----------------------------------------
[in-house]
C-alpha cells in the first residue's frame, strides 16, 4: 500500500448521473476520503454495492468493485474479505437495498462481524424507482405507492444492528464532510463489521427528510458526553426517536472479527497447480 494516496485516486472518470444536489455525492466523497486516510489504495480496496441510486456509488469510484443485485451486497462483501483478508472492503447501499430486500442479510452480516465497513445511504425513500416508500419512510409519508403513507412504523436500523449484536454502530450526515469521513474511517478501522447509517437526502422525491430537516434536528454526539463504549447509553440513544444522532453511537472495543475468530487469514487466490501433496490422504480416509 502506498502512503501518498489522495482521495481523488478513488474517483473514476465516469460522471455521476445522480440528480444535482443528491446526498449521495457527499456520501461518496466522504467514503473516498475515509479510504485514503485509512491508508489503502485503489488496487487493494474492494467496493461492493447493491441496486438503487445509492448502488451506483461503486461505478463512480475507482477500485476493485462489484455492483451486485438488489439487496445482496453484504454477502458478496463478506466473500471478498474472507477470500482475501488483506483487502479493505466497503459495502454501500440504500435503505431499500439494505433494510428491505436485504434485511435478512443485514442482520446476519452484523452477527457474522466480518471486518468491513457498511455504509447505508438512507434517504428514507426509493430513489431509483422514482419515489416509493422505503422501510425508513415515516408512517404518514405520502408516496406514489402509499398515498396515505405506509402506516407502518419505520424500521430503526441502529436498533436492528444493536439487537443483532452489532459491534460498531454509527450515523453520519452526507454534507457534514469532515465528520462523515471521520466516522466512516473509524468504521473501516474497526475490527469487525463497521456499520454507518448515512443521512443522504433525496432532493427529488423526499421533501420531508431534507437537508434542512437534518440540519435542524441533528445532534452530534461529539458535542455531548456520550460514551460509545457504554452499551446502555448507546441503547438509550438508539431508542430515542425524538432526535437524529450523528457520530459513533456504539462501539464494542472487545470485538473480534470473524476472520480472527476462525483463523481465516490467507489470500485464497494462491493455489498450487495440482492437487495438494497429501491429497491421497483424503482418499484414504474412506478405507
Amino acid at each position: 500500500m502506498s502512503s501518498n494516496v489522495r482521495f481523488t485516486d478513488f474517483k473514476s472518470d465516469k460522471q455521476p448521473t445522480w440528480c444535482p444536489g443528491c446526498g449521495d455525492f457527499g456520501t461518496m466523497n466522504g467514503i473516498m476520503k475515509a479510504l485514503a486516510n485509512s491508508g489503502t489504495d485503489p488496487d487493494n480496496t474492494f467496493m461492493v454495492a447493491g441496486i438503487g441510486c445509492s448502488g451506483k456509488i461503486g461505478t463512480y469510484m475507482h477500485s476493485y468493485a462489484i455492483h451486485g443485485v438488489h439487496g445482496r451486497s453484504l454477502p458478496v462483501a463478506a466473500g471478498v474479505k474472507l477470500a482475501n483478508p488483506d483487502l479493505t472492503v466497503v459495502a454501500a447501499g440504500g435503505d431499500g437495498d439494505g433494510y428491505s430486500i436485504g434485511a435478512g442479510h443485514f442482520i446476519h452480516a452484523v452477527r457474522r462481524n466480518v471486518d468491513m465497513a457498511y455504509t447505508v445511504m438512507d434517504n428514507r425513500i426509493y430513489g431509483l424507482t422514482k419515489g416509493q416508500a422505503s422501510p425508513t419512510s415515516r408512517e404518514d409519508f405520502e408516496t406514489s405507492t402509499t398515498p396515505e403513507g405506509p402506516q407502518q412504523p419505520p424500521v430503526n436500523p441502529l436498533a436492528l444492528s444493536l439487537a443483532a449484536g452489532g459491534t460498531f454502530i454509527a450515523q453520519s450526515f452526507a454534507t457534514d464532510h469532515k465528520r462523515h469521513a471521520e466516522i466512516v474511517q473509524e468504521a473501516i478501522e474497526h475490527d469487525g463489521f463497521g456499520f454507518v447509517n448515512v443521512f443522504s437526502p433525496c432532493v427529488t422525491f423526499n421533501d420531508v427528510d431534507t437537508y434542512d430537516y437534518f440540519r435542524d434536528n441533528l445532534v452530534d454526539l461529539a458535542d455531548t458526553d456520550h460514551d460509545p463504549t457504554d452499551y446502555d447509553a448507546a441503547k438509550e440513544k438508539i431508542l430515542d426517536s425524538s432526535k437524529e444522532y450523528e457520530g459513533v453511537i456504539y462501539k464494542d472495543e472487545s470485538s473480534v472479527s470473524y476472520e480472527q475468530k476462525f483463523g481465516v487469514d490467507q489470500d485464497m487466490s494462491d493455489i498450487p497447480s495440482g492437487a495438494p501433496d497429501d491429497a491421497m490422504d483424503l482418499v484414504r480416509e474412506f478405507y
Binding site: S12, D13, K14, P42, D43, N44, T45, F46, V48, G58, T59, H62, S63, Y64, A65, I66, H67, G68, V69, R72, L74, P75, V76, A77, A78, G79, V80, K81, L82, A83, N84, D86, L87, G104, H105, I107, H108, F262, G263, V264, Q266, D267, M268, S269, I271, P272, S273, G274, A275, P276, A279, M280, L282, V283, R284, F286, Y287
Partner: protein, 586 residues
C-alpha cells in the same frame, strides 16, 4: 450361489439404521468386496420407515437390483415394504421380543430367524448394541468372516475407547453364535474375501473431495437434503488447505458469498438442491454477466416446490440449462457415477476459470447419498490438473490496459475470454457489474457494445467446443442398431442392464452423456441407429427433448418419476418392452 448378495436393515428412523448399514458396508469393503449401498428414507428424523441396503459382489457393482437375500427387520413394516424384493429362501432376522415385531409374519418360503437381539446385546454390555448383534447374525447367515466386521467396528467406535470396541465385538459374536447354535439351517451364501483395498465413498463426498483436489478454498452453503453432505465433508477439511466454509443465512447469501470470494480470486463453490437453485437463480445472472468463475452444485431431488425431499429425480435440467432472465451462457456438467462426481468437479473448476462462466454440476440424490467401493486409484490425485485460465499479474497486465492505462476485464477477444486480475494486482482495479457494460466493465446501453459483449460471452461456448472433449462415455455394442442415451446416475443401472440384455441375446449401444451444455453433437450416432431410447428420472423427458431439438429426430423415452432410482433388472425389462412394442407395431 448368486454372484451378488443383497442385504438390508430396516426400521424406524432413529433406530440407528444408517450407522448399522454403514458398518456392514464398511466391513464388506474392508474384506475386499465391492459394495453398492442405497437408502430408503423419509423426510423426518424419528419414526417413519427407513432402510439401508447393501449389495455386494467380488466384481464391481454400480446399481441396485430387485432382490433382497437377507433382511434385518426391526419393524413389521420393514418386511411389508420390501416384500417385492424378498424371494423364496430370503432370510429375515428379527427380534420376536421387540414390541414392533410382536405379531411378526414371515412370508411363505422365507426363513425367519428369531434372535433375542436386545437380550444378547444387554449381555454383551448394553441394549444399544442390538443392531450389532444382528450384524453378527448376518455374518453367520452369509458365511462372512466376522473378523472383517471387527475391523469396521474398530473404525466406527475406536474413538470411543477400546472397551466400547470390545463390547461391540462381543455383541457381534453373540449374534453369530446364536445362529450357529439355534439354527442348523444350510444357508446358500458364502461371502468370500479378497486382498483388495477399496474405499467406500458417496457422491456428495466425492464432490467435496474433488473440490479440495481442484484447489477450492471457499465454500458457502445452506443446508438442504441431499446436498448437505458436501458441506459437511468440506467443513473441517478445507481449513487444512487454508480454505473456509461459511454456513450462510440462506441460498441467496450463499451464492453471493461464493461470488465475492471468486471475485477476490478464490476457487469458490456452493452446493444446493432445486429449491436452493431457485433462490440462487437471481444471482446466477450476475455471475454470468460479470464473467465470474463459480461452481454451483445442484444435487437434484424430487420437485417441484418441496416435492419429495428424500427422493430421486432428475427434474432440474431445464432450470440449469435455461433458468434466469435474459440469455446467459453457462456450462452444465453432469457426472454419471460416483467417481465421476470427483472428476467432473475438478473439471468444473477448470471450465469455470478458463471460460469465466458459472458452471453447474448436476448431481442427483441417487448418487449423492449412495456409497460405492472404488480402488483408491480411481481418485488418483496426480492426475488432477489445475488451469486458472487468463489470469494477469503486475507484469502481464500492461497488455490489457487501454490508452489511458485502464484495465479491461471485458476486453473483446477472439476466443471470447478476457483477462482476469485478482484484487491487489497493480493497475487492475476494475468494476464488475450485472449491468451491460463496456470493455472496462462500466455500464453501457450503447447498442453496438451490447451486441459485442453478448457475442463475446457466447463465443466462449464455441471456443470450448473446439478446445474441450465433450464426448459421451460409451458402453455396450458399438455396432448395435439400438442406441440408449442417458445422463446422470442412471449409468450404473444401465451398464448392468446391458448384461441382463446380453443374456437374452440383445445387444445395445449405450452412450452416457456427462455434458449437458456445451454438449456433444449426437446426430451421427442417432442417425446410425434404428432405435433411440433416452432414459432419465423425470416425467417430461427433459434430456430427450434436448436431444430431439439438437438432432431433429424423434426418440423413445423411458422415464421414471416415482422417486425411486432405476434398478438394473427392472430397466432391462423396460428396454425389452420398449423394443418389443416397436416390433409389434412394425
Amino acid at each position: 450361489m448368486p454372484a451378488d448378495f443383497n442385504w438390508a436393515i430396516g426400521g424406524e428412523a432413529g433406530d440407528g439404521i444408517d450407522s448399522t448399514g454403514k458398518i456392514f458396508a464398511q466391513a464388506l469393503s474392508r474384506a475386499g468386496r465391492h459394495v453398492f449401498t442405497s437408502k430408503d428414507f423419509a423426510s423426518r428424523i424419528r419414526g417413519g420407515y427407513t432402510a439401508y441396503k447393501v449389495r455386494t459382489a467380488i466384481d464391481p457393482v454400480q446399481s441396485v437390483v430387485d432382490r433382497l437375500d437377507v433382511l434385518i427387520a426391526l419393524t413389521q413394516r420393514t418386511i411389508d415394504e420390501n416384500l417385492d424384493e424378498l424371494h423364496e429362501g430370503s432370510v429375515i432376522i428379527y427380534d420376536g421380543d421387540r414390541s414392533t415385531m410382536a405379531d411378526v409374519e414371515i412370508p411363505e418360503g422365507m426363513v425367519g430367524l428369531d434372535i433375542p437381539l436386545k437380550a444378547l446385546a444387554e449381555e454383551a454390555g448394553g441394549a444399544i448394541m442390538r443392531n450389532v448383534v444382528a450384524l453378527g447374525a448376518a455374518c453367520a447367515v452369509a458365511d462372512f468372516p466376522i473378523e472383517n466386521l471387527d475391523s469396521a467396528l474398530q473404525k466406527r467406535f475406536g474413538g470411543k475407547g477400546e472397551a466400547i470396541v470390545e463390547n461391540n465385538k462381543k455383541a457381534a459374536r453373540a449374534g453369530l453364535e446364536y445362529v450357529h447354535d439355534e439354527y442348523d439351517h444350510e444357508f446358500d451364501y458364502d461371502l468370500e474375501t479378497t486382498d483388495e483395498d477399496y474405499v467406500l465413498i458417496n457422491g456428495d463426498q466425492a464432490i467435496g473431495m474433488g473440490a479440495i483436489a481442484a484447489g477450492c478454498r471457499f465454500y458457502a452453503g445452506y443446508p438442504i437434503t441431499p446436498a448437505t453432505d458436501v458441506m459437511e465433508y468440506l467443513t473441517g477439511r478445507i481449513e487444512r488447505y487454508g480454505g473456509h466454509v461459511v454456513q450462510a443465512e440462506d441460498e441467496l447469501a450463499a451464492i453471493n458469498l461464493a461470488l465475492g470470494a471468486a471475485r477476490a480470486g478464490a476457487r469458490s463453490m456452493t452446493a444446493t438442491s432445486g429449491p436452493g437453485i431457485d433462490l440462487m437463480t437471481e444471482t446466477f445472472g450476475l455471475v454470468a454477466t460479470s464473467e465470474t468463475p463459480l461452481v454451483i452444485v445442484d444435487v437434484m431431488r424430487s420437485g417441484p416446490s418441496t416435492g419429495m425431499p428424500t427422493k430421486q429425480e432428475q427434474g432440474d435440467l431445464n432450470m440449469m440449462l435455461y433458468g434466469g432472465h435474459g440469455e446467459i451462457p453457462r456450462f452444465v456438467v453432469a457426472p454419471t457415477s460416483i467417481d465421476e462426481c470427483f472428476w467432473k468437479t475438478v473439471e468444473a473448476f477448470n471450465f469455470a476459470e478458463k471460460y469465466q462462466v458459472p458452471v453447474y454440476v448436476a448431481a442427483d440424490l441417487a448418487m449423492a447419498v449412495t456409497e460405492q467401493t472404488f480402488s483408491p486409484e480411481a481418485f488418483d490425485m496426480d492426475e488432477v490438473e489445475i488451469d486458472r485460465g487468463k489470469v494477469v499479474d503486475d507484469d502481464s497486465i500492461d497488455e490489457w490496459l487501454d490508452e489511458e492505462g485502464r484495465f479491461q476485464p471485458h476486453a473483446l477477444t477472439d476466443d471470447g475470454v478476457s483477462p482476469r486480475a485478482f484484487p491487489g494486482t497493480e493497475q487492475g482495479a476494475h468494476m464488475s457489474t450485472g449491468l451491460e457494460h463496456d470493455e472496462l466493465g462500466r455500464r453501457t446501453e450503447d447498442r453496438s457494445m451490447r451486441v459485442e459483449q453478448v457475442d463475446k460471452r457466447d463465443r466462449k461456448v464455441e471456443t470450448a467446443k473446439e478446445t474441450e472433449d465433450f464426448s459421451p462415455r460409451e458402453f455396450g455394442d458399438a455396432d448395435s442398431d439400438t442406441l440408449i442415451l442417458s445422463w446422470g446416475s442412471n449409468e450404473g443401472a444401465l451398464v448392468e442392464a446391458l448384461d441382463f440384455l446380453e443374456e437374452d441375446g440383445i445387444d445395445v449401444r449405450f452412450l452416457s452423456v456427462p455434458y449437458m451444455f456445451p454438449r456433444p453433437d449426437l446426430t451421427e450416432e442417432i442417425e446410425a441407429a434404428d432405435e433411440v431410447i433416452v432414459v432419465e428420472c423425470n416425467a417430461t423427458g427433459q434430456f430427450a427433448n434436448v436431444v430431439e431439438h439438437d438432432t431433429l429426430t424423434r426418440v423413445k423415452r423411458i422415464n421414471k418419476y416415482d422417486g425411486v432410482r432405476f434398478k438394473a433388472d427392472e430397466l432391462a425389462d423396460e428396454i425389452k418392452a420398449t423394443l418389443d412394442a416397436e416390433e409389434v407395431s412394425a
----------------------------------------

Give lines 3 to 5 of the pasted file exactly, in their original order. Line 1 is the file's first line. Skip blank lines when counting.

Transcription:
Amino acid at each position: 500500500m502506498s502512503s501518498n494516496v489522495r482521495f481523488t485516486d478513488f474517483k473514476s472518470d465516469k460522471q455521476p448521473t445522480w440528480c444535482p444536489g443528491c446526498g449521495d455525492f457527499g456520501t461518496m466523497n466522504g467514503i473516498m476520503k475515509a479510504l485514503a486516510n485509512s491508508g489503502t489504495d485503489p488496487d487493494n480496496t474492494f467496493m461492493v454495492a447493491g441496486i438503487g441510486c445509492s448502488g451506483k456509488i461503486g461505478t463512480y469510484m475507482h477500485s476493485y468493485a462489484i455492483h451486485g443485485v438488489h439487496g445482496r451486497s453484504l454477502p458478496v462483501a463478506a466473500g471478498v474479505k474472507l477470500a482475501n483478508p488483506d483487502l479493505t472492503v466497503v459495502a454501500a447501499g440504500g435503505d431499500g437495498d439494505g433494510y428491505s430486500i436485504g434485511a435478512g442479510h443485514f442482520i446476519h452480516a452484523v452477527r457474522r462481524n466480518v471486518d468491513m465497513a457498511y455504509t447505508v445511504m438512507d434517504n428514507r425513500i426509493y430513489g431509483l424507482t422514482k419515489g416509493q416508500a422505503s422501510p425508513t419512510s415515516r408512517e404518514d409519508f405520502e408516496t406514489s405507492t402509499t398515498p396515505e403513507g405506509p402506516q407502518q412504523p419505520p424500521v430503526n436500523p441502529l436498533a436492528l444492528s444493536l439487537a443483532a449484536g452489532g459491534t460498531f454502530i454509527a450515523q453520519s450526515f452526507a454534507t457534514d464532510h469532515k465528520r462523515h469521513a471521520e466516522i466512516v474511517q473509524e468504521a473501516i478501522e474497526h475490527d469487525g463489521f463497521g456499520f454507518v447509517n448515512v443521512f443522504s437526502p433525496c432532493v427529488t422525491f423526499n421533501d420531508v427528510d431534507t437537508y434542512d430537516y437534518f440540519r435542524d434536528n441533528l445532534v452530534d454526539l461529539a458535542d455531548t458526553d456520550h460514551d460509545p463504549t457504554d452499551y446502555d447509553a448507546a441503547k438509550e440513544k438508539i431508542l430515542d426517536s425524538s432526535k437524529e444522532y450523528e457520530g459513533v453511537i456504539y462501539k464494542d472495543e472487545s470485538s473480534v472479527s470473524y476472520e480472527q475468530k476462525f483463523g481465516v487469514d490467507q489470500d485464497m487466490s494462491d493455489i498450487p497447480s495440482g492437487a495438494p501433496d497429501d491429497a491421497m490422504d483424503l482418499v484414504r480416509e474412506f478405507y
Binding site: S12, D13, K14, P42, D43, N44, T45, F46, V48, G58, T59, H62, S63, Y64, A65, I66, H67, G68, V69, R72, L74, P75, V76, A77, A78, G79, V80, K81, L82, A83, N84, D86, L87, G104, H105, I107, H108, F262, G263, V264, Q266, D267, M268, S269, I271, P272, S273, G274, A275, P276, A279, M280, L282, V283, R284, F286, Y287
Partner: protein, 586 residues